Thursday, 11 December 2014

Getting more from Monetary Policy

Japan has made lots of mistakes and it is time that Europe learnt from them

We can all learn from watching others make mistakes and the experiences of Japan continue to provide valuable lessons.  Japan has stumbled into another recession following a hike in taxes to fix the government’s finances.  The other key policy doing the rounds in Japan, using expansive monetary policy to put an end to deflation, also seems to be flagging.  It is Europe that has most to learn from the unfortunate trials and tribulations in Japan since many of the same problems are shared by both.  What should Europe do to avoid making the same mistakes and decades of stagnation?

Following in the same footsteps

Japan has been hit first with many of the same problems that are increasingly expected to plague Europe and other Western countries.  For starters, new-borns in Japan are increasingly outnumbered by pensioners which have pushed the population into decline in recent years with an aversion to immigration further accentuating this trend.  This translates to fewer workers to provide the taxes needed for the rising costs involved with taking care of old people.  The situation is made worse by government debt which is already more than double GDP due to years of inefficient government spending.

Japanese consumer prices have been falling for years as a reflection of the weak demand.  There are few opportunities to profit from in Japan due to the falling population and even Japanese firms are looking elsewhere to invest.  Weak global demand means that even one of Japan’s strengths, exporting, offers only limited respite even with a weaker yen due to its loose monetary policy.  All of this means that the Japanese economy itself is like a tottery pensioner - even a small rise of sales tax from 5% to 8% was enough to push Japan back into recession.  This does not bode well for Europe where the economy is sputtering along due to many of the same problems while the governments there are also trying to get a grip on their finances.

Trying different directions

Having been stuck with these problems for longer, policy makers in Japan are increasingly more aggressive in coming up with solutions.  The current prime minister, Shinzo Abe, launched a raft of new measures dominated by a massive expansion of the money supply to target falling prices.  This new aggressive approach to monetary policy was facilitated by the government installing a new governor to the Bank of Japan who was willing to give up its independence and toe the line.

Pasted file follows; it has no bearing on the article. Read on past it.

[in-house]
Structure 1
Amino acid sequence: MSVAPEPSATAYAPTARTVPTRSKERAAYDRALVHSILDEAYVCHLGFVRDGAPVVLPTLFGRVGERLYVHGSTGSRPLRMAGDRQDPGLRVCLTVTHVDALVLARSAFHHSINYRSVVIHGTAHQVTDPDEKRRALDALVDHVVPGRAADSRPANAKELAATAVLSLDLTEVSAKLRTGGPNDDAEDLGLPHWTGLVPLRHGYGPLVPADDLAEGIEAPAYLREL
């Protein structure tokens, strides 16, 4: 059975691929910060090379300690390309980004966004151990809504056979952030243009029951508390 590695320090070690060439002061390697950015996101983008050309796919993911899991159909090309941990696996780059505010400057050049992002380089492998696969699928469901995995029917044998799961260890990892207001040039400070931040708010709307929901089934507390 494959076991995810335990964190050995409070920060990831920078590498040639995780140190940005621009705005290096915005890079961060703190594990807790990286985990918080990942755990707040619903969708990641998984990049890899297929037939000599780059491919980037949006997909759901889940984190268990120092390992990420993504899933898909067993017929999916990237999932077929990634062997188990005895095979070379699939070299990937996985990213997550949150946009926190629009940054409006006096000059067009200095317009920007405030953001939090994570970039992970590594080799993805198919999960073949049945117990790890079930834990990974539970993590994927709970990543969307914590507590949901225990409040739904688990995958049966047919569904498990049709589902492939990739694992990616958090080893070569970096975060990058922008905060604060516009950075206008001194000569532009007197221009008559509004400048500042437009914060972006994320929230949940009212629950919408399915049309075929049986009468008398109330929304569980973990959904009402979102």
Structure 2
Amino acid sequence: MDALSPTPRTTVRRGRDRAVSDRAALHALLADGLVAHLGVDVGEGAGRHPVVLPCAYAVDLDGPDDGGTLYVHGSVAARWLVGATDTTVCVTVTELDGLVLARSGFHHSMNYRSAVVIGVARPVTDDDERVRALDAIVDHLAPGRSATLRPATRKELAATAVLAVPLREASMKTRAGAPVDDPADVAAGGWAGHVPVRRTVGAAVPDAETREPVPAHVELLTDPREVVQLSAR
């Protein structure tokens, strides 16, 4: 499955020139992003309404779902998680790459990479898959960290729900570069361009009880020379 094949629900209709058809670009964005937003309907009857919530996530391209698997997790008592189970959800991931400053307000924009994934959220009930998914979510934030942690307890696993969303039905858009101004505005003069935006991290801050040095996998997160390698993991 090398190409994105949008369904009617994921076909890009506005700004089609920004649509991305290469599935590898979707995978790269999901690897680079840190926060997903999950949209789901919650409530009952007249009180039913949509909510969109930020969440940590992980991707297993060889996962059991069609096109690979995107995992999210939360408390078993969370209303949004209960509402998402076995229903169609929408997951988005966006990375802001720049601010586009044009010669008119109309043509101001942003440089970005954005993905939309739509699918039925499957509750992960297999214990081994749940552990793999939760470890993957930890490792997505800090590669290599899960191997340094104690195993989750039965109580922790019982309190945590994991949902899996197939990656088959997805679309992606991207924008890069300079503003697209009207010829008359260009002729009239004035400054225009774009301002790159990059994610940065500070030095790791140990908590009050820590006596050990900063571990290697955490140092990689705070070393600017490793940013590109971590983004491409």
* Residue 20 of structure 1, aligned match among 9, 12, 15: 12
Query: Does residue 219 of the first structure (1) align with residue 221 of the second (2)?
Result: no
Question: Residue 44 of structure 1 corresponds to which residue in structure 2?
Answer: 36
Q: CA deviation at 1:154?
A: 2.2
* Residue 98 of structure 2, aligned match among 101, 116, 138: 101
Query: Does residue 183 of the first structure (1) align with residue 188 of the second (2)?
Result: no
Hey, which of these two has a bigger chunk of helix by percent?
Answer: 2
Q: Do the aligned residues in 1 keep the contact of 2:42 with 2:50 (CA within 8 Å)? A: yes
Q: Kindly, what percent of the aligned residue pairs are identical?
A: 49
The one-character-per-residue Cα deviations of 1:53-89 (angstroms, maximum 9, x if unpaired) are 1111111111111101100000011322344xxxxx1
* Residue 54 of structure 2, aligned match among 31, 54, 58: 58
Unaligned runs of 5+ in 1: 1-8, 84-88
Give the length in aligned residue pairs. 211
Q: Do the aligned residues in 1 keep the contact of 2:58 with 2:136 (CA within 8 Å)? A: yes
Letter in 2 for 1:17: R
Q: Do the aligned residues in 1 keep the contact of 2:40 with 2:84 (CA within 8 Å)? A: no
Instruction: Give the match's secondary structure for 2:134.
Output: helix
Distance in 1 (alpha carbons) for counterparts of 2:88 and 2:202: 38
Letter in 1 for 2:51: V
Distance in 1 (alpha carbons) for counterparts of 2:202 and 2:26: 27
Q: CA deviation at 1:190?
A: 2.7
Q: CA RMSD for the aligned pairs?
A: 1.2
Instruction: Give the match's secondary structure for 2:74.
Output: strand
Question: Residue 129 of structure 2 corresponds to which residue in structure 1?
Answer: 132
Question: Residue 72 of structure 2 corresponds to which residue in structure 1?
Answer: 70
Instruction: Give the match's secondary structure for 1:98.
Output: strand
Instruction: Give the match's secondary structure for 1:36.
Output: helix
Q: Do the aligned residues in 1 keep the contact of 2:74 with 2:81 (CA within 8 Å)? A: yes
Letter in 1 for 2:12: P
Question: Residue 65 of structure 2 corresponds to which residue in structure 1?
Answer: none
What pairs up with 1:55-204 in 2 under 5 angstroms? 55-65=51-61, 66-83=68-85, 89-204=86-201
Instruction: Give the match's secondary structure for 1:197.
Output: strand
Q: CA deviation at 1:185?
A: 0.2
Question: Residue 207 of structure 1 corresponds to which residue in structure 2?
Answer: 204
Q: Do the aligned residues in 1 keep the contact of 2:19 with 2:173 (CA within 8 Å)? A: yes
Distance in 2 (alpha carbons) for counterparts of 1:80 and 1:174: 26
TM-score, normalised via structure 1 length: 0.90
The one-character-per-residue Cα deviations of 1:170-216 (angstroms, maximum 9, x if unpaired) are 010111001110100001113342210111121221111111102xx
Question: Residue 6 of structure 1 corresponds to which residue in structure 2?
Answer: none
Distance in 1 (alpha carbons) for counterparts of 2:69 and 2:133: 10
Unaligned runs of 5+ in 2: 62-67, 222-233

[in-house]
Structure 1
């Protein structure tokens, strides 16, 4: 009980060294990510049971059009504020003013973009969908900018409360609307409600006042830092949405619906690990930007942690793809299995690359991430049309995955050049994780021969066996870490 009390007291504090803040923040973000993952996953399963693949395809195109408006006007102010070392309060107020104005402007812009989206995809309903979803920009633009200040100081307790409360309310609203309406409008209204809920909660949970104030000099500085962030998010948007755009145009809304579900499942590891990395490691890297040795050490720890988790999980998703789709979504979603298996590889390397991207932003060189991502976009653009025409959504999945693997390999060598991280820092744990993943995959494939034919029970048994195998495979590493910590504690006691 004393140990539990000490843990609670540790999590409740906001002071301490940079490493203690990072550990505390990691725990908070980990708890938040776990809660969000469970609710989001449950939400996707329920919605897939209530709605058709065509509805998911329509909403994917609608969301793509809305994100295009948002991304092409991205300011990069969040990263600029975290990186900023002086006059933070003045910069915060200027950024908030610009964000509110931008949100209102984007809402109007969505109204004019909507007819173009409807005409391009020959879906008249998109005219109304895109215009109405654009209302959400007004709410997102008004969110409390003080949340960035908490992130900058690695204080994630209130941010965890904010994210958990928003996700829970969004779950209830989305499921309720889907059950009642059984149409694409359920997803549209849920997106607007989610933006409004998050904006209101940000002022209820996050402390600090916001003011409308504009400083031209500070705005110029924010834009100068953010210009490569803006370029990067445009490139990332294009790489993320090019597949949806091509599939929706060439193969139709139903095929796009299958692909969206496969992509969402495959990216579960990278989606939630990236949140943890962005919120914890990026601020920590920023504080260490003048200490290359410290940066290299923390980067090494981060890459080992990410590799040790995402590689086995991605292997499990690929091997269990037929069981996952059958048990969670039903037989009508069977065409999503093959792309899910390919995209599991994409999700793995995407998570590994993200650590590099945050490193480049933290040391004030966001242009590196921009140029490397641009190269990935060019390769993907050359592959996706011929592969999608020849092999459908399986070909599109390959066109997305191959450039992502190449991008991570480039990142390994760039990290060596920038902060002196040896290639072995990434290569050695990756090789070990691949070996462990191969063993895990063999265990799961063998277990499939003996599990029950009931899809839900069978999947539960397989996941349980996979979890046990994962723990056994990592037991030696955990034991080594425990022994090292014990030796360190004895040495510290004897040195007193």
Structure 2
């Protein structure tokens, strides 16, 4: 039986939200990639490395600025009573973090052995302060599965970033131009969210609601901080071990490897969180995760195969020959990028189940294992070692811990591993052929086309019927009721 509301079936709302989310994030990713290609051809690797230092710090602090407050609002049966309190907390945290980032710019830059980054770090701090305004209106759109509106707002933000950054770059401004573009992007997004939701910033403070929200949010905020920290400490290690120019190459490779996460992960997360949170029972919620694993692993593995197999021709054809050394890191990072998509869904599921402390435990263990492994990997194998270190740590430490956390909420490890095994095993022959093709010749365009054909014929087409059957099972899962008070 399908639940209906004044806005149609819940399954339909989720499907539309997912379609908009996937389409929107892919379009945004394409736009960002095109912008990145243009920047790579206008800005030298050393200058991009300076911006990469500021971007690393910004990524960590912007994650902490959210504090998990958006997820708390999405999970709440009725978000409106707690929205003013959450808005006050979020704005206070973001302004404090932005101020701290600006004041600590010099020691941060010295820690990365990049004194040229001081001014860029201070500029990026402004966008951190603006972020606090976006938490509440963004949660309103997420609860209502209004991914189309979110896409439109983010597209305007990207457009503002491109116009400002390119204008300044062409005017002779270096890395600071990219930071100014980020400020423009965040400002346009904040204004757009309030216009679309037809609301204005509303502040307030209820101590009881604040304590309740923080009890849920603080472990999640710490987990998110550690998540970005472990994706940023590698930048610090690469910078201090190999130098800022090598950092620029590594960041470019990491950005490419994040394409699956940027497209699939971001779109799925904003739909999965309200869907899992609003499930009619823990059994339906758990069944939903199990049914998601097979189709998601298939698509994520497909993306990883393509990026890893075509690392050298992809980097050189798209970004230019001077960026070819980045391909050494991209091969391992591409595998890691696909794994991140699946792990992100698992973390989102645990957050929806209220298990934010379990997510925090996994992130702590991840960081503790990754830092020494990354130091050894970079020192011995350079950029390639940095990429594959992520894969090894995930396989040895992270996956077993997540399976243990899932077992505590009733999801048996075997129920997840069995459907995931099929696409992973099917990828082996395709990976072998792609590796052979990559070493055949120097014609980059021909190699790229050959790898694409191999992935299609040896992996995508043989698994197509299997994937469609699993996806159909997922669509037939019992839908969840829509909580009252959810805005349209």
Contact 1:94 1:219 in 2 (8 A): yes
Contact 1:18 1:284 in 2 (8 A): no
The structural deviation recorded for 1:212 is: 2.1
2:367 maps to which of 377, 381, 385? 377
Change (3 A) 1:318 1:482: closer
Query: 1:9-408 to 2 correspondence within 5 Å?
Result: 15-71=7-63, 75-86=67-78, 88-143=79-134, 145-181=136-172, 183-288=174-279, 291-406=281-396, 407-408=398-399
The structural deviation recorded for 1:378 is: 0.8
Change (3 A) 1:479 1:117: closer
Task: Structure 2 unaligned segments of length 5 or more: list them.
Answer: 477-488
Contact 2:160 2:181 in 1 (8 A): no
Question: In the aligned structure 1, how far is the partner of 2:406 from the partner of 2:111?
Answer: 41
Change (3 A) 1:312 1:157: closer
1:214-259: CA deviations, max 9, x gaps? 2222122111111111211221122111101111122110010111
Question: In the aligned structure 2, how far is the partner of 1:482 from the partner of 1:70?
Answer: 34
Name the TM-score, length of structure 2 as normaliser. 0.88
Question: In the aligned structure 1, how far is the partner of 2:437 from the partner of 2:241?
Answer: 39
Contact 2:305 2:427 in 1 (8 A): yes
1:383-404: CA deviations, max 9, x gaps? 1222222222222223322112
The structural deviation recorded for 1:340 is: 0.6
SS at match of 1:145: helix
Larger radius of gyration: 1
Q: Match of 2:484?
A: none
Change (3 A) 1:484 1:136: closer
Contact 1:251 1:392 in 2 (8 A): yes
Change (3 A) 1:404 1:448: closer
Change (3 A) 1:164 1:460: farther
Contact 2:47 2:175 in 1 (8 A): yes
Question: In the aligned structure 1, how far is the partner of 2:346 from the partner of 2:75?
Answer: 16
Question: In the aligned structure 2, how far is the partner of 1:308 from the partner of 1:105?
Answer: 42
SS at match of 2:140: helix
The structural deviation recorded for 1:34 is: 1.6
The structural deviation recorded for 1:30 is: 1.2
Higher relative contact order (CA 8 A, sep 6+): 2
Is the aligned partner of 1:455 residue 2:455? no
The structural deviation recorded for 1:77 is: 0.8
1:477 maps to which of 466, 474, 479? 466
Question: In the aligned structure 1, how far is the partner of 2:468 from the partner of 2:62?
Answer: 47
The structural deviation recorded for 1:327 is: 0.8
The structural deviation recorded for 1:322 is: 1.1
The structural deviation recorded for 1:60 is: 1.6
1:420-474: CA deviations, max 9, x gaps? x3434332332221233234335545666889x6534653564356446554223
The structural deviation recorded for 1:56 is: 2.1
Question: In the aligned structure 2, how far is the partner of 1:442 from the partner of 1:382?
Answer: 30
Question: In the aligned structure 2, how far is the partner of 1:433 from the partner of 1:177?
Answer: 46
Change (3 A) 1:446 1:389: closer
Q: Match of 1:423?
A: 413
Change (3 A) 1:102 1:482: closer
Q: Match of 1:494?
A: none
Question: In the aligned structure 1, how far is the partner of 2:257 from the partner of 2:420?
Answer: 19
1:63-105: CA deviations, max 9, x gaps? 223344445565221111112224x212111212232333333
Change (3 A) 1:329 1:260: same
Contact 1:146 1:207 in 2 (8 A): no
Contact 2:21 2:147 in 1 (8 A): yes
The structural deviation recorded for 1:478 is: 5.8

This is the complete opposite to the situation in Europe.  The head of the European Central Bank is eager to do more with monetary policy but is prevented from doing so by the German government.  German politicians want to reforms to come first due to an expectation that their neighbours will not implement the necessary policies. Whereas, in Japan, the aim was to use the loose monetary policy to help build momentum that will allow the government to implement reforms. 

Yet, the Abe government has been disappointing in its reform efforts (as Your Neighbourhood Economist predicted) and this will bolster the stance taken by Germany.  With the Bank of Japan finding it tough to generate sufficient inflation despite a rapidly expanding money supply through quantitative easing, many will question about the reasons behind using a similar policy in Europe.  Central banks are struggling to have much influence in a world that is already awash with surplus cash.  

Time for Plan C

It seems like the key lesson from Japan is that monetary policy cannot do much by itself.  Japan still languishes despite the best efforts of the central bank as the Abe government shirks the much needed measures to free up the economy.  Yet, bullying countries in Europe to reform by withholding the full extent of monetary policy is not helpful either.  A grand bargain marrying reforms with looser monetary policy, as was supposed to be the case in Japan, seems the obvious solution. 

This takes more political willpower when the many countries of Europe are involved but is not something beyond the realms of possibility.  Ironically, the chances for such a deal may be improving as deflation becomes more of a concerns and the economic stagnation in Europe also spreads to Germany.  Japan has already paid the price for years of economic mismanagement – there is no reason for Europe to do the same.

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